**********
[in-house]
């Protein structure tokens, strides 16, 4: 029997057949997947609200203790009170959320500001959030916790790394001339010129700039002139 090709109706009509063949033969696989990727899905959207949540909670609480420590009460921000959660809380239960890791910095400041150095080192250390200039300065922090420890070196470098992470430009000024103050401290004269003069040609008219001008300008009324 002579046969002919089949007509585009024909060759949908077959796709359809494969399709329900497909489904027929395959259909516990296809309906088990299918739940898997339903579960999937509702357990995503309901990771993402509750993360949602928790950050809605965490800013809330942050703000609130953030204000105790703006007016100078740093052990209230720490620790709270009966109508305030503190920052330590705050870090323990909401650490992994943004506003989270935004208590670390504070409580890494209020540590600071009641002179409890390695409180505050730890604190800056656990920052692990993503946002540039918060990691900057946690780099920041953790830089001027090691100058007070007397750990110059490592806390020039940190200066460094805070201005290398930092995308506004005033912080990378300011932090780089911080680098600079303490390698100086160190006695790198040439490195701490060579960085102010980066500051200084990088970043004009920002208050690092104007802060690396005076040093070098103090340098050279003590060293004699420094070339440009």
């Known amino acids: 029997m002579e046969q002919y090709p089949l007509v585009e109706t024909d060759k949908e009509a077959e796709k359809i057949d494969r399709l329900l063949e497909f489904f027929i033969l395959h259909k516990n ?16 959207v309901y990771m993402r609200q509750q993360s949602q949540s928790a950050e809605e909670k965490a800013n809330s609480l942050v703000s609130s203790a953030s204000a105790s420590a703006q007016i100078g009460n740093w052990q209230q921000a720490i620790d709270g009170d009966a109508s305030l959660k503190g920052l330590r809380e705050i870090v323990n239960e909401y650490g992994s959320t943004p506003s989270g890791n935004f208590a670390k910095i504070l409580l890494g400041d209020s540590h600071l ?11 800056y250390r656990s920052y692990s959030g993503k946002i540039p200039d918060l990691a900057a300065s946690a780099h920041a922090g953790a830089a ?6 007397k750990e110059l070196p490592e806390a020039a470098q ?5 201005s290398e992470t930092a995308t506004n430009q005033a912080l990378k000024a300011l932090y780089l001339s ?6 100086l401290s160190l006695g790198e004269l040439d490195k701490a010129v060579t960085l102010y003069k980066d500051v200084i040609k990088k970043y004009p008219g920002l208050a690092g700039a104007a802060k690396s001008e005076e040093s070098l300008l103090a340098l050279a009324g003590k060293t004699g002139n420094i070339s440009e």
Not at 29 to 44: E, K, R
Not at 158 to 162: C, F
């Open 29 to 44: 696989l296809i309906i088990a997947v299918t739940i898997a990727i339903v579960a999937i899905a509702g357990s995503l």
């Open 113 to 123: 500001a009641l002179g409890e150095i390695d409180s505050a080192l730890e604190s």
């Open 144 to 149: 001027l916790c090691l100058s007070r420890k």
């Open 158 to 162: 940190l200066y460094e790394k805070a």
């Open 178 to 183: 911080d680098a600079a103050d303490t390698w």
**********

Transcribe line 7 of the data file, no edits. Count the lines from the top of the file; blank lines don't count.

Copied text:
């Open 113 to 123: 500001a009641l002179g409890e150095i390695d409180s505050a080192l730890e604190s």